Hardly Strictly Bluegrass 2009 Report
Luckily we arrived before the majority of the people (around 10AM) on Friday, and got a good close up seat to see Poor Man's Whiskey. I love these guys! They get better and better every time I see them. We'll ignore the Tom Morello set and pretend it didn't happen, because it was just a time killer until John Prine came on. As always Prine's set is too short for me. But he filled his time well and invited Hayes Carll as a guest. That must be a big moment for a singer/songwriter, eh? We stayed through half of Lyle Lovett's set. Even though we were loving it, we had places to be and people to see.
Namely, Dave Alvin and the Guilty Women at the Mystic Theater in Petaluma. Their very lovely, talented fiddler, Amy Farris, died this past week and the band's emotions were raw. Dave tried three times to say her name and each time had to step away from the mike. When Christy McWilson sang, "Bury Me in Potter's Field" there wasn't a dry eye in the house. Candles and a mike stand wrapped in black where she would stand served as a memorial to her. And then they turned those feelings into a barn-scorching two and a half hours of stunning musical prowess.
We settled on the Arrow stage and had a nice wide patch of our own. On Saturday, we got to see Hayes Carll (a new favorite of mine). Tim called him the Todd of Texas. Austin Lounge Lizards have added two women, who compliment the band fabulously. Reckless Kelly next, they're known as a rock-n-roll band with a fiddle. Cody Braun also sat in with Billy Joe Shaver, who is as much a character as a singer. I loved his whole attitude, giving it his all. Also saw Rosie Flores with Jon Langford & the Sadies. And The Flatlanders closed out the day. Okay, I'll admit that we went sneaking over to the Banjo stage a few times to see Laurie Lewis, Tim O'Brien and Steve Martin too ~ we couldn't resist. Not too bad for one day. We headed out and went straight to bed to rest up for Sunday.
I am absolutely sure the crowd doubled in size this year. The SF Chronicle reported that they closed 19th St. and knocked out AT&T cell coverage. But, undaunted, we know how to work a crowd ~ arrive early and defend your territory. After that it's a piece of cake. We did get trapped at the Steve Martin stage, because who wouldn't want to see Steve Martin?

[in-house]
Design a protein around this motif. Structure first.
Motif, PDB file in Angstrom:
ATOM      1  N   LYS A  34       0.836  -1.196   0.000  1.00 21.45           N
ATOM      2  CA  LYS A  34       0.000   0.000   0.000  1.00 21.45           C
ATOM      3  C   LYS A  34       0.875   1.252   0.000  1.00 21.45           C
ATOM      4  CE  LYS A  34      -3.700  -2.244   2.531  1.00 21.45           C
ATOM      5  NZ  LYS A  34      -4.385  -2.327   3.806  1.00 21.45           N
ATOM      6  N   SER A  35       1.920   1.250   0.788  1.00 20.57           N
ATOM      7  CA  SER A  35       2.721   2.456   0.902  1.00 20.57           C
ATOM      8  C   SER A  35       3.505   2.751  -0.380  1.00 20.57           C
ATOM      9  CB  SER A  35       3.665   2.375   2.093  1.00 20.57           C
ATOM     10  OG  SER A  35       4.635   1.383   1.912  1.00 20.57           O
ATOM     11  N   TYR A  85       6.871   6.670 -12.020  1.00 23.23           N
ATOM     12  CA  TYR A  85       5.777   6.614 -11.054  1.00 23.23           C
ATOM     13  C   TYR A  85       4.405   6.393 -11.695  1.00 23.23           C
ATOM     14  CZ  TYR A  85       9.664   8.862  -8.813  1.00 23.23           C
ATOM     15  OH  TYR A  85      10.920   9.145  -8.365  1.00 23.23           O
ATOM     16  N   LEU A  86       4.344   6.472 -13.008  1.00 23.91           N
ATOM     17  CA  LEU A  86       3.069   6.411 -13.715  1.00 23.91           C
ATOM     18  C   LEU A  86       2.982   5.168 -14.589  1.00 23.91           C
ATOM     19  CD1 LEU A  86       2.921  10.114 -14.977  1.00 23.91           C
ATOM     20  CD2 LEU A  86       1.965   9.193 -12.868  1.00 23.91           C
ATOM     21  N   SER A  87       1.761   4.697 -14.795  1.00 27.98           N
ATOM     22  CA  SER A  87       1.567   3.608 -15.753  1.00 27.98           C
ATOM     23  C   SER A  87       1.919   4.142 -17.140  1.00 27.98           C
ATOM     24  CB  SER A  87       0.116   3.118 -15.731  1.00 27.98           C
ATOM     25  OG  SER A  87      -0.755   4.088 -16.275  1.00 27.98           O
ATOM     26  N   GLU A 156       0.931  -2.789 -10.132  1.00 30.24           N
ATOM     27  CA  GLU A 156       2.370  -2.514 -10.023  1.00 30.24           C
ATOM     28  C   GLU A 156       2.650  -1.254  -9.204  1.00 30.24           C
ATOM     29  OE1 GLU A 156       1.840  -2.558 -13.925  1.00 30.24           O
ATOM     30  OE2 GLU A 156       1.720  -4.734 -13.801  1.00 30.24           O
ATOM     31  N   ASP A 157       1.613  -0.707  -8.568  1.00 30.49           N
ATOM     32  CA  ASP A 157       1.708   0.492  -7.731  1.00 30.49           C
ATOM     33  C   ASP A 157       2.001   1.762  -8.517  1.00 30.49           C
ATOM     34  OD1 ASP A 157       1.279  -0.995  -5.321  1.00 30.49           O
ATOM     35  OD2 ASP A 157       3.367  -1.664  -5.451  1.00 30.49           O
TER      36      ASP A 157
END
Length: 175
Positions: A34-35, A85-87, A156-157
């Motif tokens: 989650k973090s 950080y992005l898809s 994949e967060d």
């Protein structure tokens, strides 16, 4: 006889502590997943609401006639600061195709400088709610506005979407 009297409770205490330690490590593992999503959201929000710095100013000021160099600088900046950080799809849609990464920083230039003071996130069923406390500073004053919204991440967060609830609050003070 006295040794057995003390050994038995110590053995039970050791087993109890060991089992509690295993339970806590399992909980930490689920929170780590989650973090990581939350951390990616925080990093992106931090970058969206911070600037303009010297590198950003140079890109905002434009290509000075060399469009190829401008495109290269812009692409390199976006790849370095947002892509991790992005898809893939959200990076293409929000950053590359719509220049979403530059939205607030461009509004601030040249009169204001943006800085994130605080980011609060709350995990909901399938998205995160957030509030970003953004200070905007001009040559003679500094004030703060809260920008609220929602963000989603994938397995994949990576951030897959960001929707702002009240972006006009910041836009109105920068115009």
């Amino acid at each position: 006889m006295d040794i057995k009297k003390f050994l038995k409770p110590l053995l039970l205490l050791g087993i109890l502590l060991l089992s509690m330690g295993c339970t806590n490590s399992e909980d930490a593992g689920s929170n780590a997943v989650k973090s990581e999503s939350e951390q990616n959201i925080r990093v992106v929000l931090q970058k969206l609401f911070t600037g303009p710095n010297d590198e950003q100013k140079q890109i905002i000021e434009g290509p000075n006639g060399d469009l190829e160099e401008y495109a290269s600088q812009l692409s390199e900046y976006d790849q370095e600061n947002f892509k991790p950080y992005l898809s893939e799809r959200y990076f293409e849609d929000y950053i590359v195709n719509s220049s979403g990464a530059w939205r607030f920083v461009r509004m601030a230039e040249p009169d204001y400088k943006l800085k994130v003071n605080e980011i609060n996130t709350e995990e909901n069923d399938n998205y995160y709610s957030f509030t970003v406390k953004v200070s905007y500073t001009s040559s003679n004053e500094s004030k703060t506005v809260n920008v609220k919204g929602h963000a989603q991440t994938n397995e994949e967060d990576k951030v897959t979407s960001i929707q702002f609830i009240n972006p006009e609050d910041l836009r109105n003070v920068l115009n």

What could top Saturday? Well, Sunday at the Arrow stage was not too shabby either. Moonalice in the morning, followed by Booker T & The Drive-by Truckers, Rodney Crowell (oh wow!), and Aimee Mann.
But you know I had waited three days to see Todd Snider so I jumped right up and grabbed a hold of the railing and didn't let go for his whole set. We had the bonus of Great American Taxi as the backup band. Todd came out bundled in a jean jacket and a green hat. I was impressed with the intensity of the crowd, many, many thousands, all standing and singing along. Believe me, I was very happy to be in the front row in that crowd. My favorite part was when he sang the last verse of Easy Money twice, so we got to yell, "she never saw that f***er again" twice. I don't think he even noticed.
Only seven songs and he was gone! But it was the best way to end the festival for me, so we packed it up and headed out before the mass exodus. I was sad to miss Neko Case, because I really intended to see her, but there were so many people it was pretty scary. After a short way of powering through the bushes, we navigated through them easily and were out of there fast.
The size of this festival is starting to become an issue. I thought it was bad at 200,000, now they are saying close to 750,000. Since both of my guys are major strategizers, we had a beautiful weekend, with incredible music and good weather and food and drinks. We are good a weaseling around and outsmarting the crowd. I doubt most people there had that much fun.